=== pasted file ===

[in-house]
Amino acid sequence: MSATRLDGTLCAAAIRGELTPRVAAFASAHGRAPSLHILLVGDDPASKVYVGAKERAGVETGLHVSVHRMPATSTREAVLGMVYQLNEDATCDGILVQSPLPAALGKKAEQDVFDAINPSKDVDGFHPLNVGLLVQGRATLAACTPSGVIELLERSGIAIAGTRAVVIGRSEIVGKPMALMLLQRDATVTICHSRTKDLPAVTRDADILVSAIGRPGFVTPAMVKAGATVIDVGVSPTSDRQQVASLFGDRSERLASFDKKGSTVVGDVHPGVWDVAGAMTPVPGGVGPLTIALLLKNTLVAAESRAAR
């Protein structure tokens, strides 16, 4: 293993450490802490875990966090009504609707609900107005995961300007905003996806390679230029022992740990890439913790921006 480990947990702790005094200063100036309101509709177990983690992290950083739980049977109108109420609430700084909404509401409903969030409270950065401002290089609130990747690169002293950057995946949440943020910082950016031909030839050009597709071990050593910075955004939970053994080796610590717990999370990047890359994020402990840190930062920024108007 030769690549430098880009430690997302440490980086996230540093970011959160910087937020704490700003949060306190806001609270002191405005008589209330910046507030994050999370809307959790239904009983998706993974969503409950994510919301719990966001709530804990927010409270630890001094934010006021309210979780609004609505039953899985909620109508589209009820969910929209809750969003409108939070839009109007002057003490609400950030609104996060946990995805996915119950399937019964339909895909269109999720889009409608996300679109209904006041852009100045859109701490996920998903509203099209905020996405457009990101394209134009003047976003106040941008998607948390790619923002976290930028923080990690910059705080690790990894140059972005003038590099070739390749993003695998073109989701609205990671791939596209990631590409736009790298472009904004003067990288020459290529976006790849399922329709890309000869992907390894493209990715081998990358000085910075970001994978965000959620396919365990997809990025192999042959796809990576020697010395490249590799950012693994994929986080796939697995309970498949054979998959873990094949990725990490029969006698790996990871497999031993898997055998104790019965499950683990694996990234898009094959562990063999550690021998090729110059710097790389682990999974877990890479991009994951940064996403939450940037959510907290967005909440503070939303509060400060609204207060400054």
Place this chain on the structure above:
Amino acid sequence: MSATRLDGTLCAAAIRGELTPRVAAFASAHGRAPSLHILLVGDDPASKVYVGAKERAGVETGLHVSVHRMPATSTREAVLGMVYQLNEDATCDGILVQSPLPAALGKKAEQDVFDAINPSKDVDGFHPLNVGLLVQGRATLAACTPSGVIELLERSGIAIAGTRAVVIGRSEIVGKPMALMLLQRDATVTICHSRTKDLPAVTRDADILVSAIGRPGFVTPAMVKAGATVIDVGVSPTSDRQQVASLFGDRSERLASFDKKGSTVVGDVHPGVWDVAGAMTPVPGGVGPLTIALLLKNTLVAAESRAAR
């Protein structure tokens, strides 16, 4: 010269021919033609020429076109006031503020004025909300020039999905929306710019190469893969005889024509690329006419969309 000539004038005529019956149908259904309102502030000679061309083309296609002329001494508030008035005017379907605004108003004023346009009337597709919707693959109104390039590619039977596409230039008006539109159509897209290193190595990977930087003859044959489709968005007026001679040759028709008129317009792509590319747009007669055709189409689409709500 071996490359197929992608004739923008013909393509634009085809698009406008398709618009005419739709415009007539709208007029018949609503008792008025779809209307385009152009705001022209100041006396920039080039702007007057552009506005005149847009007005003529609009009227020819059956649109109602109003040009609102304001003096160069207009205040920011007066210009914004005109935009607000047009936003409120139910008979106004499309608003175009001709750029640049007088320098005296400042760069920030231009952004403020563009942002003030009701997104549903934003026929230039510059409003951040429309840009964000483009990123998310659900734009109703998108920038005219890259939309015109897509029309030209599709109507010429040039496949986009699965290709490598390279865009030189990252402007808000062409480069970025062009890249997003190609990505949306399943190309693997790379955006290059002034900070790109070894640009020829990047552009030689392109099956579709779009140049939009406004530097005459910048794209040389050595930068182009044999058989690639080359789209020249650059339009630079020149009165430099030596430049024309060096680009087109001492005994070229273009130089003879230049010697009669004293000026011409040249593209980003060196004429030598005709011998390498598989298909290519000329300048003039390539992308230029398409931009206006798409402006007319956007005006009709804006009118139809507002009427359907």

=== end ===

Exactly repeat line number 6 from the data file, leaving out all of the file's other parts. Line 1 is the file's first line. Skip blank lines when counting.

């Protein structure tokens, strides 16, 4: 010269021919033609020429076109006031503020004025909300020039999905929306710019190469893969005889024509690329006419969309 000539004038005529019956149908259904309102502030000679061309083309296609002329001494508030008035005017379907605004108003004023346009009337597709919707693959109104390039590619039977596409230039008006539109159509897209290193190595990977930087003859044959489709968005007026001679040759028709008129317009792509590319747009007669055709189409689409709500 071996490359197929992608004739923008013909393509634009085809698009406008398709618009005419739709415009007539709208007029018949609503008792008025779809209307385009152009705001022209100041006396920039080039702007007057552009506005005149847009007005003529609009009227020819059956649109109602109003040009609102304001003096160069207009205040920011007066210009914004005109935009607000047009936003409120139910008979106004499309608003175009001709750029640049007088320098005296400042760069920030231009952004403020563009942002003030009701997104549903934003026929230039510059409003951040429309840009964000483009990123998310659900734009109703998108920038005219890259939309015109897509029309030209599709109507010429040039496949986009699965290709490598390279865009030189990252402007808000062409480069970025062009890249997003190609990505949306399943190309693997790379955006290059002034900070790109070894640009020829990047552009030689392109099956579709779009140049939009406004530097005459910048794209040389050595930068182009044999058989690639080359789209020249650059339009630079020149009165430099030596430049024309060096680009087109001492005994070229273009130089003879230049010697009669004293000026011409040249593209980003060196004429030598005709011998390498598989298909290519000329300048003039390539992308230029398409931009206006798409402006007319956007005006009709804006009118139809507002009427359907």